00:22:01 – Gloria Grace Rand
Yeah, this just occurred to me because I’m thinking back of different things that I’d done. I mentioned at the outset that I remember that my mom had run for the school board and I’ve never really entertained thoughts of it myself. But what I have done is I have volunteered for different campaigns in my local area and helping people to run for office. So I’ve done that. I’ve made phone calls and that kind of thing. If you had a piece of advice for someone who is interested in perhaps wanting to get involved, what would you say would be the first thing that they should do?

00:22:38 – Debbie Peterson
The first thing to do is to find out what’s going on. And that is one of the reasons it’s so much fun to be involved, is that you always know what’s going on and it’s easy to do. Most city councils now, or county boards of supervisors have everything online so you can find out when their meetings are. Go to a meeting, go to a few meetings and then you’ll meet the other people who are interested involved. Or you can bring people with you who, you know, share your values and that would be the first thing. Start reading the agendas, start reading the reports, go to the meetings, figure out what’s going on and once you have a little bit clearer feel of that, you’ll know where you should go next.

00:23:16 – Gloria Grace Rand
Excellent advice. I appreciate that. And I know I’ve thought about that over the years. I would say the closest I came to that was I did serve on my local homeowners’ association board.

00:23:31 – Debbie Peterson
Honestly, I’ve served on HOAs and I’ve been a real estate broker, so I’ve known about a lot of them over the years. I think that’s actually sometimes worse and harder.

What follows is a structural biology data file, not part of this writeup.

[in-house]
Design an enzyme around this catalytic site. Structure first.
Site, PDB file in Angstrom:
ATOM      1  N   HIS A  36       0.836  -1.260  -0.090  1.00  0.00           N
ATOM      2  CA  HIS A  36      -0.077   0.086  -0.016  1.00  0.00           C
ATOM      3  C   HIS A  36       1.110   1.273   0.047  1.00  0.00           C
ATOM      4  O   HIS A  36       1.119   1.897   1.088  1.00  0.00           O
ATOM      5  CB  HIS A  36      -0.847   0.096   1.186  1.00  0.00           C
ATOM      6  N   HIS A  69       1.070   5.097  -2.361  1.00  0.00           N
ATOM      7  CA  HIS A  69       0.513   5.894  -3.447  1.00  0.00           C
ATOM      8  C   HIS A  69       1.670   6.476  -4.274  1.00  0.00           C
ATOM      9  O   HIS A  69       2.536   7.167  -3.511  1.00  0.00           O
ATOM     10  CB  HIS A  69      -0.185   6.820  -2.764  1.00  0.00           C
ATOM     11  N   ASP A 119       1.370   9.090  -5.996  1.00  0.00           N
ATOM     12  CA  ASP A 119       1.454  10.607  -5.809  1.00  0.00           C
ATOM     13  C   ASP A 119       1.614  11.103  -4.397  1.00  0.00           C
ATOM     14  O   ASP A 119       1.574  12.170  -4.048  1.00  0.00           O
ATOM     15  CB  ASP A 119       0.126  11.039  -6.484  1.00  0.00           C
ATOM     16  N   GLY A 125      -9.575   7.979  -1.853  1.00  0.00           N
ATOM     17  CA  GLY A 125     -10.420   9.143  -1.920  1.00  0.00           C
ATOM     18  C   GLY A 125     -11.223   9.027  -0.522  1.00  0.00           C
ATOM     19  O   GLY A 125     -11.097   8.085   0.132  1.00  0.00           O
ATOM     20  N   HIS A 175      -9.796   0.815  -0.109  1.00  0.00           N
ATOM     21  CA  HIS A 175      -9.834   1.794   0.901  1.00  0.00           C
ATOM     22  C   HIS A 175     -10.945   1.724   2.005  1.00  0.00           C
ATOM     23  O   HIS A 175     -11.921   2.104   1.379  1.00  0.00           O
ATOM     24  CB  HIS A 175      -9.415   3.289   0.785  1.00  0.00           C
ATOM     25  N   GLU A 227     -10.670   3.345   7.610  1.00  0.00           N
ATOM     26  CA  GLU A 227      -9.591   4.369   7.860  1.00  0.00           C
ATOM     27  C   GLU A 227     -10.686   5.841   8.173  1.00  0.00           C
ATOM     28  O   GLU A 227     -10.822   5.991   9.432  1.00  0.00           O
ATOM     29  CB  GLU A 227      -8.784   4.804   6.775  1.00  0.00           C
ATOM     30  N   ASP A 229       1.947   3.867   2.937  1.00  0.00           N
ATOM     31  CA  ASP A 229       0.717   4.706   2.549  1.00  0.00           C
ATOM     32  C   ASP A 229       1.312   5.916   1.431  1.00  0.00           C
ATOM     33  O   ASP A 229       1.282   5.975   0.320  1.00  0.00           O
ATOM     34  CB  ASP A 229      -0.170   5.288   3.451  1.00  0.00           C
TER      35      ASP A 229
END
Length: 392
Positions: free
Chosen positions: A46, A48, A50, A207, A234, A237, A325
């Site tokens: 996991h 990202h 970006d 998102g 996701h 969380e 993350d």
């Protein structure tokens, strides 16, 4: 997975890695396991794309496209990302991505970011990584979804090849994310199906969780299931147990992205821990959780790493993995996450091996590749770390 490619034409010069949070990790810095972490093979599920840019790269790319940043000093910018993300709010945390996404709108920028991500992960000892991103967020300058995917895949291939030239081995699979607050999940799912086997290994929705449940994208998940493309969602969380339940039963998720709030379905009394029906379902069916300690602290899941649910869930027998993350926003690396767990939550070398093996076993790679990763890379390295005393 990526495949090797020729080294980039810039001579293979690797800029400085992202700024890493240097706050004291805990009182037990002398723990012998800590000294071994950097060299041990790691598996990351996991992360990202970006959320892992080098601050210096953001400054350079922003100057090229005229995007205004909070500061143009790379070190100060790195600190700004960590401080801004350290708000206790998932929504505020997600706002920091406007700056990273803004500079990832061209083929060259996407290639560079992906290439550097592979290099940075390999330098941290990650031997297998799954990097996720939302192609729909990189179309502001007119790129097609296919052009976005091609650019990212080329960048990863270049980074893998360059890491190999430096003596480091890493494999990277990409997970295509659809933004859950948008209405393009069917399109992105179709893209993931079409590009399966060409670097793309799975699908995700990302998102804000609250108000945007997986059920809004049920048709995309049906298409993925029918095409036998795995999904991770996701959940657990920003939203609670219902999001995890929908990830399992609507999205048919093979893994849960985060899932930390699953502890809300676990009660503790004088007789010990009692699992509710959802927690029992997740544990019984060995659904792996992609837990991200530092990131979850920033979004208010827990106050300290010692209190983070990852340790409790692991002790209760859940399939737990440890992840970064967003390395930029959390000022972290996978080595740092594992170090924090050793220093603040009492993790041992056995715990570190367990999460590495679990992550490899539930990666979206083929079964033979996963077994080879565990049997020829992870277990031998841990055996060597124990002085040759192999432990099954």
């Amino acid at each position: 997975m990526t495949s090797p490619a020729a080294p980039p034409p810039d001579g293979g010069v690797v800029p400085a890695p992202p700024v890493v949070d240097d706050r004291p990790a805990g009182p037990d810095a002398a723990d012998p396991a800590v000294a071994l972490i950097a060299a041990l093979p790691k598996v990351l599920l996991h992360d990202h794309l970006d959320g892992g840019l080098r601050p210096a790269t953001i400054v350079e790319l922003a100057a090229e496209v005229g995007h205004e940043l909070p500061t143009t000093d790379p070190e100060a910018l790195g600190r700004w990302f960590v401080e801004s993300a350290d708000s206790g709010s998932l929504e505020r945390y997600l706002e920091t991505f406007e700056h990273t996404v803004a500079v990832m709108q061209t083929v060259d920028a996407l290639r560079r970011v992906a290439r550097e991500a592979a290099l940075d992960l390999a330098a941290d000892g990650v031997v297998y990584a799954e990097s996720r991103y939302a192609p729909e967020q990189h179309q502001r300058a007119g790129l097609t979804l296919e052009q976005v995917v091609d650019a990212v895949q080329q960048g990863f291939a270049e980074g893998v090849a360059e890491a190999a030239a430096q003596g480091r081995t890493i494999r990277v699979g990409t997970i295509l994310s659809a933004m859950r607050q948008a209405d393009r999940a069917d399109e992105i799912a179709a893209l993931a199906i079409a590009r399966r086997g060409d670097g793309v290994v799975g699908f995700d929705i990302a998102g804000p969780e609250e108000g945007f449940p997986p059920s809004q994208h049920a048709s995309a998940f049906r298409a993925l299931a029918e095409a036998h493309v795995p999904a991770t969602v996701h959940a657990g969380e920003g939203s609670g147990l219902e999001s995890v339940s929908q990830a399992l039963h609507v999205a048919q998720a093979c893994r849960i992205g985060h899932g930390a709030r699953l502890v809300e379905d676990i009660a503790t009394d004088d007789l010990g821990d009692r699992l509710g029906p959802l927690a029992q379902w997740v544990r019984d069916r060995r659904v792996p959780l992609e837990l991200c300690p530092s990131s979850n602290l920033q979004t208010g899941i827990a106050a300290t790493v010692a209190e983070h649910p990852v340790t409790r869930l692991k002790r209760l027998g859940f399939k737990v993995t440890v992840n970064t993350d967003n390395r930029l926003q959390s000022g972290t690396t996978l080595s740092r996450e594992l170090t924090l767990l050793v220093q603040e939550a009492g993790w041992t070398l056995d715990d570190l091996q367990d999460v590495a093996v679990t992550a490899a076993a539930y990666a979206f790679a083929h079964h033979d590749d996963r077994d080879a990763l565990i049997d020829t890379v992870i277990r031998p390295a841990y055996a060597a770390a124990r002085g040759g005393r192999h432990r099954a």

00:23:43 – Gloria Grace Rand
When you upset people and they get really vocal about.

00:23:47 – Debbie Peterson
And it’s very similar though, because it is also regulated by government agencies. There are rules and regulations, bylaws and it needs to be transparent in all the same ways. That’s a good place to start, but it might turn you off.

00:24:06 – Gloria Grace Rand
Yeah, I agree. Is there anything else that I should have asked you about that I haven’t that you’d like to or any other piece of advice you’d like to share with our listeners before we end today?

00:24:17 – Debbie Peterson
The thing that I am so passionate about is that we really are a government of the people, by the people, for the people, and nobody else is responsible for it and nobody else owns it. We do. It’s our government. And so if there’s any part of it that you aren’t happy with, it belongs to you. Go in and fix it. Go in and make it better. And I think the whole “we the people” concept is incredibly important, and we lose track of the fact that we are accountable for our government. It does belong to us.

00:24:50 – Gloria Grace Rand
Yeah, that’s true. And that’s why I get perturbed sometimes when I hear people that don’t bother to vote. And I vote even in the local elections, even if it’s not, because I know, of course, national elections, people get excited and they go out and vote, and then the local ones, they don’t so much. But things start at the local level. That’s where you should almost spend more of your time making sure you go out to the local elections. What do you think?

00:25:18 – Debbie Peterson